IUGS classification of aphanitic extrusive igneous rocks to their relative alkali (Na2O + K2O) and silica (SiO2) weight contents. Blue area is roughly where alkaline rocks plot; yellow area where subalkaline rocks plot. Original source: *Le Maitre, R.W. (ed.); 1989: A classification of igneous rocks and glossary of terms, Blackwell Science, Oxford.
A volcanic rock from Italy with a relatively large six-sided phenocryst (diameter about 1 mm) surrounded by a fine-grained groundmass, as seen in thin section under a petrographic microscope

Extrusive rock refers to the mode of igneous volcanic rock formation in which hot magma from inside the Earth flows out (extrudes) onto the surface as lava or explodes violently into the atmosphere to fall back as pyroclastics or tuff.[1] In contrast, intrusive rock refers to rocks formed by magma which cools below the surface.[2]

The main effect of extrusion is that the magma can cool much more quickly in the open air or under seawater, and there is little time for the growth of crystals.[3] Sometimes, a residual portion of the matrix fails to crystallize at all, instead becoming a natural glass or obsidian.

If the magma contains abundant volatile components which are released as free gas, then it may cool with large or small vesicles (bubble-shaped cavities) such as in pumice, scoria, or vesicular basalt. Other examples of extrusive rocks are rhyolite and andesite.


The texture of extrusive rocks is characterized by fine-grained crystals indistinguishable to the human eye, described as aphantic. Crystals in aphantic rocks are small in size due to their rapid formation during eruption.[3] Any larger crystals visible to the human eye, called phenocrysts, form earlier while slowly cooling in the magma reservoir.[4] When igneous rocks contain two distinct grain sizes, the texture is porphyritic, and the finer crystals are called the groundmass.[3] The extrusive rocks scoria and pumice have a vesicular, bubble-like, texture due to the presence of vapor bubbles trapped in the magma.[5]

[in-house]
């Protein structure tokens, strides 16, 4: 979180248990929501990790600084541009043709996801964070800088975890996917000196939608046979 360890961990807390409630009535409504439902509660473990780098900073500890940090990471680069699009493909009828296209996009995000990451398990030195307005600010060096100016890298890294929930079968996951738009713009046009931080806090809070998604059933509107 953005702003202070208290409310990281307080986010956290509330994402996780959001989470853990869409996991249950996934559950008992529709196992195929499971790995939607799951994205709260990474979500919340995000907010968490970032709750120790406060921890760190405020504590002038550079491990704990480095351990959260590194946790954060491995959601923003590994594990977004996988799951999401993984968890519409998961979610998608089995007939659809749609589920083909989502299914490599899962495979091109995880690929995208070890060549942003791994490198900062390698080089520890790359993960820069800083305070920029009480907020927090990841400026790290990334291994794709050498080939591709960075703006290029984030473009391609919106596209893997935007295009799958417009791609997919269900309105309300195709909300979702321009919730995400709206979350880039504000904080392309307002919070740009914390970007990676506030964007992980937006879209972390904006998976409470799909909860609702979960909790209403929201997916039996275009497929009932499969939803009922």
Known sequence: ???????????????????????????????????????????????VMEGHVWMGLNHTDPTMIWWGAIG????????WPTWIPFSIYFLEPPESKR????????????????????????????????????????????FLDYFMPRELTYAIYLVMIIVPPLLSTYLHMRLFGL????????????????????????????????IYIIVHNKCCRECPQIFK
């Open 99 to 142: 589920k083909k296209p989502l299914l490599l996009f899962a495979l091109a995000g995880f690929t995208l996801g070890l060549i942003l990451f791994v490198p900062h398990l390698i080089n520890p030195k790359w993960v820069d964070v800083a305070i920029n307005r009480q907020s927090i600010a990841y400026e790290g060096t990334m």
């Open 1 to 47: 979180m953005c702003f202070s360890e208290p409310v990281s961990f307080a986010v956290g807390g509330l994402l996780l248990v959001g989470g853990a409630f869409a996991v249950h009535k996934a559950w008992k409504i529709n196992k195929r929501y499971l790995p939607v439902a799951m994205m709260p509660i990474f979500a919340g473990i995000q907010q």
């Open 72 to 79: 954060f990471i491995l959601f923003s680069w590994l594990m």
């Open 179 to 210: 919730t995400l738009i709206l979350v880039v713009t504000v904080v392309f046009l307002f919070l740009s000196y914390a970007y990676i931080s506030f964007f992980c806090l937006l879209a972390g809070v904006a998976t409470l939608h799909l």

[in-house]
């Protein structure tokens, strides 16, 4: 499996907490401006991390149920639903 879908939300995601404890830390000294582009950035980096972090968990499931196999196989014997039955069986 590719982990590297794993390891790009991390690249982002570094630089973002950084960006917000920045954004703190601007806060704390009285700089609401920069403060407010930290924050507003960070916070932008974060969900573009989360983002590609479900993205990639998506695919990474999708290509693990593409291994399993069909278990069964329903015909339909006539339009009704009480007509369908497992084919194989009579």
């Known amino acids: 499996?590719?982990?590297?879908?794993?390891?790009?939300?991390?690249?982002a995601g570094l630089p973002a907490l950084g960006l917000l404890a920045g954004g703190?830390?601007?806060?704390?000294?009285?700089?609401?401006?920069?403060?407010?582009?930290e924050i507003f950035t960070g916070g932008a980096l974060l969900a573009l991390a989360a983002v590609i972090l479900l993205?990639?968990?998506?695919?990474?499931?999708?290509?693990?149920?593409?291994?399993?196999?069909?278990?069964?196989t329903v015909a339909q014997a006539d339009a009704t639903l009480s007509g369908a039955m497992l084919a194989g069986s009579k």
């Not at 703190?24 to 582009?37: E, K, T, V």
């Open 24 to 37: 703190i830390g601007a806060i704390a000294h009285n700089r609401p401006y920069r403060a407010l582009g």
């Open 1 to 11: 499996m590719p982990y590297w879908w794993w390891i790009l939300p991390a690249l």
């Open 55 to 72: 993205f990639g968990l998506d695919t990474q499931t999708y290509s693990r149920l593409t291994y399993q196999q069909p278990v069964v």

Extrusive bodies and rock types

Shield volcanoes are large, slow forming volcanoes[6] that erupt fluid basaltic magma that cools to form the extrusive rock basalt. Basalt is composed of minerals readily available in the planet's crust, including feldspars and pyroxenes.[2]

Fissure volcanoes pour out low viscosity basaltic magma from fissure vents to form the extrusive rock basalt.[2]

Composite or stratovolcanoes often have andesitic magma and typically form the extrusive rock andesite. Andesitic magma is composed of many gases and melted mantle rocks.[2]

Cinder or scoria cones violently expel lava with high gas content,[2] and due to the vapor bubbles in this mafic lava, the extrusive basalt scoria is formed.[6]

Lava domes are formed by high viscosity lava that piles up, forming a dome shape. Domes typically solidify to form the rich in silica extrusive rock obsidian and sometimes dacite domes form the extrusive rock dacite, like in the case of Mount St. Helens.[2]

Calderas are volcanic depressions formed after an erupted volcano collapses. Resurgent calderas can refill with an eruption of rhyolitic magma to form the extrusive rock rhyolite like the Yellowstone Caldera.[2]

Submarine volcanoes erupt on the ocean floor and produce the extrusive rock pumice.[2] Pumice is a light-weight glass with a vesicular texture that differs from scoria in its silicic composition and therefore floats.[5]

See also


  1. ^ "Extrusive rock - geology". Retrieved 21 October 2018.
  2. ^ a b c d e f g h Jain, Sreepat (2014). Fundamentals of Physical Geology. New Delhi, India: Springer. ISBN 9788132215394.
  3. ^ a b c Winter, John DuNann (2001). An Introduction to Igneous and Metamorphic Petrology. Upper Saddle River, New Jersey: Prentice-Hall. ISBN 0132403420.
  4. ^ Schmincke, Hans-Ulrich (2004). Volcanism. New York City, New York: Springer-Verlag. ISBN 3540436502.
  5. ^ a b Németh, Károly, Martin, Ulrike (2007). Practical Volcanology: Lecture Notes for Understanding Volcanic Rocks from Field Based Studies. Geological Institute of Hungary.((cite book)): CS1 maint: multiple names: authors list (link)
  6. ^ a b Sen, Gautam (2014). Petrology : Principles and Practice. Berlin: Springer. ISBN 9783642388002. OCLC 864593152.